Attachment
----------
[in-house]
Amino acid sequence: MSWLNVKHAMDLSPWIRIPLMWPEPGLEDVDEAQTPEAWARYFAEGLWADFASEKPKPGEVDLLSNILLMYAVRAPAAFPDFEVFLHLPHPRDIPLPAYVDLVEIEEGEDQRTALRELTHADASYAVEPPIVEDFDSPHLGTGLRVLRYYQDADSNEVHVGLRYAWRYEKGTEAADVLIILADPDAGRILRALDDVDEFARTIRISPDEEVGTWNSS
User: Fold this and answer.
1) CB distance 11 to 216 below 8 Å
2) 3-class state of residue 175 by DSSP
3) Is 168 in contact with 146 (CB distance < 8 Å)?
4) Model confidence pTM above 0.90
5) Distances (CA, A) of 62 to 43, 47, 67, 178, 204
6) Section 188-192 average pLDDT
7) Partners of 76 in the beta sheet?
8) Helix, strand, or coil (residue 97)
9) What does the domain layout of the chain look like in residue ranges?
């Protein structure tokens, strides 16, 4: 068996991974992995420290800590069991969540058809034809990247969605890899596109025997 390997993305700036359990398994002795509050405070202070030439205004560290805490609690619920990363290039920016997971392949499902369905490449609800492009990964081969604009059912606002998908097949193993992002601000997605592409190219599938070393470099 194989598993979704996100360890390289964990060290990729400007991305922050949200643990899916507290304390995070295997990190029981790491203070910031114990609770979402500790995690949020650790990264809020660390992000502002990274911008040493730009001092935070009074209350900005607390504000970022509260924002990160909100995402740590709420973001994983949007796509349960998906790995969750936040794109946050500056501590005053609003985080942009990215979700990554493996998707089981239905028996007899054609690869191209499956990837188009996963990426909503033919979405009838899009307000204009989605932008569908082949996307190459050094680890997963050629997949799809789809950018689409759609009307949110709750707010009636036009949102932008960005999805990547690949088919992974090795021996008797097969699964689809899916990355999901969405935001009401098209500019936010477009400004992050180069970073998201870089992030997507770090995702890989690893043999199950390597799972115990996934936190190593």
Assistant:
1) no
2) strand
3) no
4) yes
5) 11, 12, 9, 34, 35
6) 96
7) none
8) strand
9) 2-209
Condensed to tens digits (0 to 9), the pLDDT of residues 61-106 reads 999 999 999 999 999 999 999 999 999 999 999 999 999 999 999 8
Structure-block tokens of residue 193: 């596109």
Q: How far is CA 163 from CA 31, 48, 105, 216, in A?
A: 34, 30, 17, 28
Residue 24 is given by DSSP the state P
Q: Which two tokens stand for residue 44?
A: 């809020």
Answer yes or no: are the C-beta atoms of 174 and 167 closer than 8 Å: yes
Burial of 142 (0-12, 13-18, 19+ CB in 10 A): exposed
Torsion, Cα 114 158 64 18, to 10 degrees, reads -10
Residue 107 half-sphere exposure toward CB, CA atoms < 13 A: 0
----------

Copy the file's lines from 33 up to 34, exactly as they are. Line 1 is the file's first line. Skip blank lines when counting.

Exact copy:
Torsion, Cα 114 158 64 18, to 10 degrees, reads -10
Residue 107 half-sphere exposure toward CB, CA atoms < 13 A: 0